The defendants' second and final attack on the charge relates to the portion thereof dealing with the invalidity of the cancellation notice because of its failure to comply fully with § 38-98 of the General Statutes. Section 38-98, containing mandatory requirements for fire insurance policies in Connecticut, states as follows, with respect to cancellation: "Notice of cancellation shall state that said excess premium (if not tendered) will be refunded on demand."
Section 38-99 (a) of the General Statutes provides that no fire insurance policy shall be issued in this state unless it conforms as to all provisions, stipulations, agreements and conditions with the form of policy contained in § 38-98.
The policy in the instant case includes the cancellation provisions set forth in § 38-98. However, Nationwide's cancellation notice, as embodied in the letter dated August 19, 1969, did not contain the provision relative to refund of the excess premium.
Strict compliance by an insurer with the policy provisions for notice is essential to effect a cancellation through such notice. Ambiguities in the notice will be resolved in favor of the insured. 43 Am. Jur.2d 450, Insurance, § 405.
The policy provisions prescribing the contents of the notice constituted a contract between the plaintiff and Nationwide which the plaintiff was entitled to enforce. Westmoreland v. General Accident Fire Life Assurance Corporation, supra, 270. It is axiomatic that the notice of cancellation should be definite and certain, and comply in all respects with the pertinent statute and policy provisions. Bessette v. Fidelity Casualty Co., 111 Conn. 549, 556.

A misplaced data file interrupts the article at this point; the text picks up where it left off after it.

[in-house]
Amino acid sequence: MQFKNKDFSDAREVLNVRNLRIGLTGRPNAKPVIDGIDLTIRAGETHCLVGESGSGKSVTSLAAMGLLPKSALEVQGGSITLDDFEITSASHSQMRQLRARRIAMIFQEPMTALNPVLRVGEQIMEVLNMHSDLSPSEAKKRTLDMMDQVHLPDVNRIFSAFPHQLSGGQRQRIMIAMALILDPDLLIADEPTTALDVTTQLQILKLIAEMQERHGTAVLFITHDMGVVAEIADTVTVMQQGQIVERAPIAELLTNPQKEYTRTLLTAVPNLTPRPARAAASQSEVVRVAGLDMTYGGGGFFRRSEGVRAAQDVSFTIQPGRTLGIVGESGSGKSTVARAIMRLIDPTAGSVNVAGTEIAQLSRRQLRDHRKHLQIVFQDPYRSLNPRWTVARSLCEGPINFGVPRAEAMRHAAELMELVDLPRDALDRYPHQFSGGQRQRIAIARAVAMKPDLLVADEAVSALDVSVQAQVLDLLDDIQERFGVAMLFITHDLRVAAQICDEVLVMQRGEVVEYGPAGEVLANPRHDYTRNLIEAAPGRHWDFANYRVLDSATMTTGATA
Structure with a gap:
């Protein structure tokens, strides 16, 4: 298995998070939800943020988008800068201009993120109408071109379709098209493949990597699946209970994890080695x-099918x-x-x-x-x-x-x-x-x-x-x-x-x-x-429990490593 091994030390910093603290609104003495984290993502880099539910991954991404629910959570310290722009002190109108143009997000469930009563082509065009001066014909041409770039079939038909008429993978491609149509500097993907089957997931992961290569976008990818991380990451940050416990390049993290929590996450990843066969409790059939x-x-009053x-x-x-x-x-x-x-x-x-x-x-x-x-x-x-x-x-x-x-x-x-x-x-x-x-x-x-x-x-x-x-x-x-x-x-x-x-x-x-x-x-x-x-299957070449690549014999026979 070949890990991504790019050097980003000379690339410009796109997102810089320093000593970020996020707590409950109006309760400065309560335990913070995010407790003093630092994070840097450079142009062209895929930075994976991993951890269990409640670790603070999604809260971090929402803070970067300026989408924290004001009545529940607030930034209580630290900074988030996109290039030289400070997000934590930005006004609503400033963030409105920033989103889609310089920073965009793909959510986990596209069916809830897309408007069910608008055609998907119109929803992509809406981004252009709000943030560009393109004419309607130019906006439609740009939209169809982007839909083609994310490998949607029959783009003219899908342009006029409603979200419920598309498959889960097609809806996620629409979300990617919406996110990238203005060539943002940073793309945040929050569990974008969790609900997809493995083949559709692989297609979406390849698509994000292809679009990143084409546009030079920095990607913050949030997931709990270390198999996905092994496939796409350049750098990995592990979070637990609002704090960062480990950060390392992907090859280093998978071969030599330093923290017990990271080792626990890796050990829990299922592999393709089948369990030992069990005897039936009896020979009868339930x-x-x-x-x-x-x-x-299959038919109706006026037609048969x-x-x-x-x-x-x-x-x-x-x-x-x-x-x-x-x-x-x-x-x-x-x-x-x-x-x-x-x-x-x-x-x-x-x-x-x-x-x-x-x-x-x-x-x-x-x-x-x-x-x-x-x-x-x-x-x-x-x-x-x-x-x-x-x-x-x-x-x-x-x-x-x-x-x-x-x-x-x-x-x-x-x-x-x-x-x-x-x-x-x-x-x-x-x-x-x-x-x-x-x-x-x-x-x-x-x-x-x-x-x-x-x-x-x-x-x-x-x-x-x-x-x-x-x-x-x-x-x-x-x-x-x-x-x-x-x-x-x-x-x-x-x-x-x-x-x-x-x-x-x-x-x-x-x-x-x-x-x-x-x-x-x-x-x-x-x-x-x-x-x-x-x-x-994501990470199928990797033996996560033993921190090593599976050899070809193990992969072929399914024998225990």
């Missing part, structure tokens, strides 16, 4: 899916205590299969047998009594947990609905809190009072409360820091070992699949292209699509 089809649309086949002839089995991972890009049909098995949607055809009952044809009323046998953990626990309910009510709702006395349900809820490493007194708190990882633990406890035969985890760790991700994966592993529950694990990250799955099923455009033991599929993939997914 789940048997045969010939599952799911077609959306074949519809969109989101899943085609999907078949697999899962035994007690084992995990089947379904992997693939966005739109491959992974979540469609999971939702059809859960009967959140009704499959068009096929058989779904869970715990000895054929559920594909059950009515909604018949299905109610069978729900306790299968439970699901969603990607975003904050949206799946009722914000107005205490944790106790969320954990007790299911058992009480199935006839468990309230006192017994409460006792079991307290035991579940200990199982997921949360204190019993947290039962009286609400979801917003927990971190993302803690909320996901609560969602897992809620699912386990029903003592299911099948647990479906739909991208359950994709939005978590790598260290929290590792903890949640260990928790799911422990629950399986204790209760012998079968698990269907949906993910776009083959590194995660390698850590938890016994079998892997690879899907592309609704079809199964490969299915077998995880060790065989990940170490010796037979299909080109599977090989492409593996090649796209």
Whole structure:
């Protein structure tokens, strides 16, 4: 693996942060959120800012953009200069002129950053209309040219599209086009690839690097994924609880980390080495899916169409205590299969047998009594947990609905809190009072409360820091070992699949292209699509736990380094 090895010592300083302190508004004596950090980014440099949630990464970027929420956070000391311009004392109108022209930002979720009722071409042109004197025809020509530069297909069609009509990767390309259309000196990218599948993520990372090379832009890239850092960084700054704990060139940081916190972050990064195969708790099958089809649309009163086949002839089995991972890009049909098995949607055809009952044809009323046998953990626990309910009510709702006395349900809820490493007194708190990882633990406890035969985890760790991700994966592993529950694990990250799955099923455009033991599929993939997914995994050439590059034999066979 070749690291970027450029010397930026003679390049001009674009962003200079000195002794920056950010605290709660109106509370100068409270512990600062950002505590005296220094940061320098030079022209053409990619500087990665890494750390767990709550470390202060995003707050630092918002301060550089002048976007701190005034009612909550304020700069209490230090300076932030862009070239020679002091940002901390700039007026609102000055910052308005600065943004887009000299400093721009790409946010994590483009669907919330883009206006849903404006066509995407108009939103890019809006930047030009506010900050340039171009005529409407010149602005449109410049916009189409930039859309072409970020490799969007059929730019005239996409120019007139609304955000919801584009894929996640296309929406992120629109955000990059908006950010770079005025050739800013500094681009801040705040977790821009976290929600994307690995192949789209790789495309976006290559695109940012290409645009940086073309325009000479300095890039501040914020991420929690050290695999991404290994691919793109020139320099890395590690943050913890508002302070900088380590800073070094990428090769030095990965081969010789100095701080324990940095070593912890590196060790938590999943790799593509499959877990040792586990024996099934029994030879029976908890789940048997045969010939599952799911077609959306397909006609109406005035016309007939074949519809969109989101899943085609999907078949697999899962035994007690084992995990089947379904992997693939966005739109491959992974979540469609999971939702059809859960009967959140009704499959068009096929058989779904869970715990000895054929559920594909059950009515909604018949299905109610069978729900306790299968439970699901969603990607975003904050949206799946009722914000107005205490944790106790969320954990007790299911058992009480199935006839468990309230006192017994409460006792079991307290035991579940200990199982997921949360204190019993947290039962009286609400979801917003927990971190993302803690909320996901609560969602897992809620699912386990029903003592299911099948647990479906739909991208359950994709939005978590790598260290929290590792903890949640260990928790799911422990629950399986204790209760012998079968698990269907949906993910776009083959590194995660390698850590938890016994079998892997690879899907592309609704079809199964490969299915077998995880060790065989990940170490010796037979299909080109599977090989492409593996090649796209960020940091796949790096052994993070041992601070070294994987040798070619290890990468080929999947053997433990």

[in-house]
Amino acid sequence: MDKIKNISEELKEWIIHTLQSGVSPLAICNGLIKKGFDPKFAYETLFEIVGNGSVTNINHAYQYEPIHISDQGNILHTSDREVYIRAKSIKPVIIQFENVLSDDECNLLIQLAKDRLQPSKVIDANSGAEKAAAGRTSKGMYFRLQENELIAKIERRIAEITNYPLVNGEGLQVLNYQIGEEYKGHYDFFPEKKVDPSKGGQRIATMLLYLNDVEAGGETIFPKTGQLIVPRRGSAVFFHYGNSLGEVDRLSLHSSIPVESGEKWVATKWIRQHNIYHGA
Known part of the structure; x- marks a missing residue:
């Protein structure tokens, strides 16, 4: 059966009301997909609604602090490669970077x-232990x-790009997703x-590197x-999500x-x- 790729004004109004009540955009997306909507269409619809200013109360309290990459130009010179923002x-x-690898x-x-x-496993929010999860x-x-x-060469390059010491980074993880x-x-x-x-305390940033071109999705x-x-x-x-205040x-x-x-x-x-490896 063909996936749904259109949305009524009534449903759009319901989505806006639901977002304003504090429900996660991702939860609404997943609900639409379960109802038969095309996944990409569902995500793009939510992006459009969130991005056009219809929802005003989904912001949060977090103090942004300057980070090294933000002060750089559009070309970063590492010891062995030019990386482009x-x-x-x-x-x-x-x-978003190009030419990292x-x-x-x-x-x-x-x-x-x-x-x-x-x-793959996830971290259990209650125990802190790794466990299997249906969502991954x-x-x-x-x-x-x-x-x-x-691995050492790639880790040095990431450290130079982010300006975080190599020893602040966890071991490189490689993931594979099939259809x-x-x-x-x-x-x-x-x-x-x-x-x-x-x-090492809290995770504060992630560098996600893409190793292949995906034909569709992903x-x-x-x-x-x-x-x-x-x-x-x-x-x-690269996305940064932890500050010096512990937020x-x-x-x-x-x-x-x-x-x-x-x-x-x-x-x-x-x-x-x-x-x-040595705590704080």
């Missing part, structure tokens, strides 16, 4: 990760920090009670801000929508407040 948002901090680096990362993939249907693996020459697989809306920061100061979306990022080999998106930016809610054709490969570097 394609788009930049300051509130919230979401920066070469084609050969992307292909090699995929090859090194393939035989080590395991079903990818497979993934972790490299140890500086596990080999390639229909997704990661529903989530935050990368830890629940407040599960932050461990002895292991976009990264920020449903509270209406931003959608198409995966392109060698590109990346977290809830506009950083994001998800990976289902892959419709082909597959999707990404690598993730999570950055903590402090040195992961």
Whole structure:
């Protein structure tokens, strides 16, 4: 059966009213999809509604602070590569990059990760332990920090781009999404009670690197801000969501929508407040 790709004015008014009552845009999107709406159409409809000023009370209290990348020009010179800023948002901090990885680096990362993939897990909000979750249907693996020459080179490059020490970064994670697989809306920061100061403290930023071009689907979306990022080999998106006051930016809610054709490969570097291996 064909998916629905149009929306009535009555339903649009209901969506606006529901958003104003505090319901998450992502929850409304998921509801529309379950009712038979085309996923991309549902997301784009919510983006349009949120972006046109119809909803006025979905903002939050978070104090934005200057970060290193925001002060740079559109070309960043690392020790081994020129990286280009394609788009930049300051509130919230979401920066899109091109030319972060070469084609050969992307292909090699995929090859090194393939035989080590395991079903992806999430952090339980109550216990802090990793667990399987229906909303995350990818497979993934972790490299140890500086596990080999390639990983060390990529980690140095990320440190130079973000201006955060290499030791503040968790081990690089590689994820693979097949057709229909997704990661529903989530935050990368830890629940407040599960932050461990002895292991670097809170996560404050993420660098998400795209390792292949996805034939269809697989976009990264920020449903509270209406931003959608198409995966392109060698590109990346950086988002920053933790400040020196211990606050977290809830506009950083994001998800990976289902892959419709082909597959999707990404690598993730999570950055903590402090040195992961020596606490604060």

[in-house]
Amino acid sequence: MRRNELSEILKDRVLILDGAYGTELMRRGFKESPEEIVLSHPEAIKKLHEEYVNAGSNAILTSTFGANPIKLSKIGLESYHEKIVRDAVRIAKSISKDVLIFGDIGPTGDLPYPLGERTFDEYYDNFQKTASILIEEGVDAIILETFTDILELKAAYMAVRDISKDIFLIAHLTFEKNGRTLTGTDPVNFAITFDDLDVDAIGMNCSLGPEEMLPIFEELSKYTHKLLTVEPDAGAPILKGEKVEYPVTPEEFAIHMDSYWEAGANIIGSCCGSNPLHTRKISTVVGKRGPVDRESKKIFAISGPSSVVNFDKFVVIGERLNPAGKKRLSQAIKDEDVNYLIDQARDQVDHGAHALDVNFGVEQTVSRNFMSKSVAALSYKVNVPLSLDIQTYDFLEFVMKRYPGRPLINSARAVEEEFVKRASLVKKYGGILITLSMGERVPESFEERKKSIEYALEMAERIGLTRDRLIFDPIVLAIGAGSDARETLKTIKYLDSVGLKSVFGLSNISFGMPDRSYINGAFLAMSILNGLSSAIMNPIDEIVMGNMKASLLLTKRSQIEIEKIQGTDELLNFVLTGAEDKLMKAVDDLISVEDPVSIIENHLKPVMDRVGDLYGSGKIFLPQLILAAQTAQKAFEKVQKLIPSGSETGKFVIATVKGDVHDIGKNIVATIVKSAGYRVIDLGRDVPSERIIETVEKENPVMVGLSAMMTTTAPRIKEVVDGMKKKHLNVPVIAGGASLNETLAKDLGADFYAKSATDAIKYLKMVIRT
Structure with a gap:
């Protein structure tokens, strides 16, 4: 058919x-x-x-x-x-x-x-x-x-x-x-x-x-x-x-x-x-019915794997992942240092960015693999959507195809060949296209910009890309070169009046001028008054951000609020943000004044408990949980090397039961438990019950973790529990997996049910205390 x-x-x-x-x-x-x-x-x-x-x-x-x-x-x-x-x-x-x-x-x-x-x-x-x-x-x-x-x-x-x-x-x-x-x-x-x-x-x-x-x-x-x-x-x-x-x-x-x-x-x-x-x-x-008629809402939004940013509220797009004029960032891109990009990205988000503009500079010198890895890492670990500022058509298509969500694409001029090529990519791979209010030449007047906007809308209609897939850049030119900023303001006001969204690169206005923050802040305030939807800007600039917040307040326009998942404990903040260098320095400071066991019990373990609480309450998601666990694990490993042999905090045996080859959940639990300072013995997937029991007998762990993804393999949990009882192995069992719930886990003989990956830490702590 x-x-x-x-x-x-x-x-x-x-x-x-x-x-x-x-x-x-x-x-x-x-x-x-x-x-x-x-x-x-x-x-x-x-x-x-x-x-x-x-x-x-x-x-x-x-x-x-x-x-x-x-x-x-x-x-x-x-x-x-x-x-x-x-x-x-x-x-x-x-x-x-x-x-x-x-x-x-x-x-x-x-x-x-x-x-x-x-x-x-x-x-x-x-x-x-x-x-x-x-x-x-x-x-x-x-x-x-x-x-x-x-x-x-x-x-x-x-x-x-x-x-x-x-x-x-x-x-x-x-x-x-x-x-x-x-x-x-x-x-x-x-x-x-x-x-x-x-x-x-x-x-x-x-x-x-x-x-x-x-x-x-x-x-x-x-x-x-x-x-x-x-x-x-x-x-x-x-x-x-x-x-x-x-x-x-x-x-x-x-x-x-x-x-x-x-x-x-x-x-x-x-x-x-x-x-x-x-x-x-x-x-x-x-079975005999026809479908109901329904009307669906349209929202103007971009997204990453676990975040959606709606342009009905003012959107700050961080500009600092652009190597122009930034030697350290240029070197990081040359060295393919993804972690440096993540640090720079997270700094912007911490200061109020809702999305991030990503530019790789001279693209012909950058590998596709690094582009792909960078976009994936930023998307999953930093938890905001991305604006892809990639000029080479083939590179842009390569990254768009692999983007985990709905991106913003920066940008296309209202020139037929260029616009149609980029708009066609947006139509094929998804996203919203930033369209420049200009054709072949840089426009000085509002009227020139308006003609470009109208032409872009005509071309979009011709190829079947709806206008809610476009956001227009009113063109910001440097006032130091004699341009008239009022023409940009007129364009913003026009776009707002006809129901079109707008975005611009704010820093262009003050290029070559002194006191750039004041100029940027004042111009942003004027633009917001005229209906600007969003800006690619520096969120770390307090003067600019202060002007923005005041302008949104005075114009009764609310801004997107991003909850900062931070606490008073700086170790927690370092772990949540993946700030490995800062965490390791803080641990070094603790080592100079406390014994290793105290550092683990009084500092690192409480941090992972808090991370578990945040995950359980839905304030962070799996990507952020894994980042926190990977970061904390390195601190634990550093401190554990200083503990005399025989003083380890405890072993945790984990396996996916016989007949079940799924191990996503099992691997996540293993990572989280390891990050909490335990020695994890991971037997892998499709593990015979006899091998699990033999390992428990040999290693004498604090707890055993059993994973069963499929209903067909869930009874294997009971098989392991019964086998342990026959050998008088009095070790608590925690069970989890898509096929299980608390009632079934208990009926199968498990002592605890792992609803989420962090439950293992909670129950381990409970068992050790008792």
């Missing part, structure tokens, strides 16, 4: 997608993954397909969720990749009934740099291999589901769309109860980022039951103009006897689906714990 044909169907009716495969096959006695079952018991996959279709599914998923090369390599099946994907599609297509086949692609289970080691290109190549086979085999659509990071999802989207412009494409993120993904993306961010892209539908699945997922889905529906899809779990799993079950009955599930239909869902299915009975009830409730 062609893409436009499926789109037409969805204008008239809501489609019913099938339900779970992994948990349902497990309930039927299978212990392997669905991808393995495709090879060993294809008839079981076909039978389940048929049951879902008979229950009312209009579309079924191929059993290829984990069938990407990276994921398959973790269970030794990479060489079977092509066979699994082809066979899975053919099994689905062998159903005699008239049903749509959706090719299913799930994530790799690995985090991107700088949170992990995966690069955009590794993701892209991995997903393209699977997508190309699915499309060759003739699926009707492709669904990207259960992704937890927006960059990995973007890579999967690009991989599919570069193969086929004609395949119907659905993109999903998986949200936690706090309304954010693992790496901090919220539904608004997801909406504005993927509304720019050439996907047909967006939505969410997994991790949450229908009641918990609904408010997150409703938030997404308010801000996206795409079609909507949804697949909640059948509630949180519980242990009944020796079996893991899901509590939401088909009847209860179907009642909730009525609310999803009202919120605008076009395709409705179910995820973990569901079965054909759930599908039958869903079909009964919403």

The contents of a cancellation notice must contain all the information required by the applicable statute — in this instance, § 38-98. Fifty States Management Corporation v. Public Service Mutual Ins. Co., supra, 782. The failure of Nationwide to comply strictly and literally with the statute, and relevant policy provisions, as to the notice of cancellation rendered the attempted cancellation nugatory. Government Employees Ins. Co. v. Mizell, 36 App. Div. 2 d 452, 453 (N.Y.).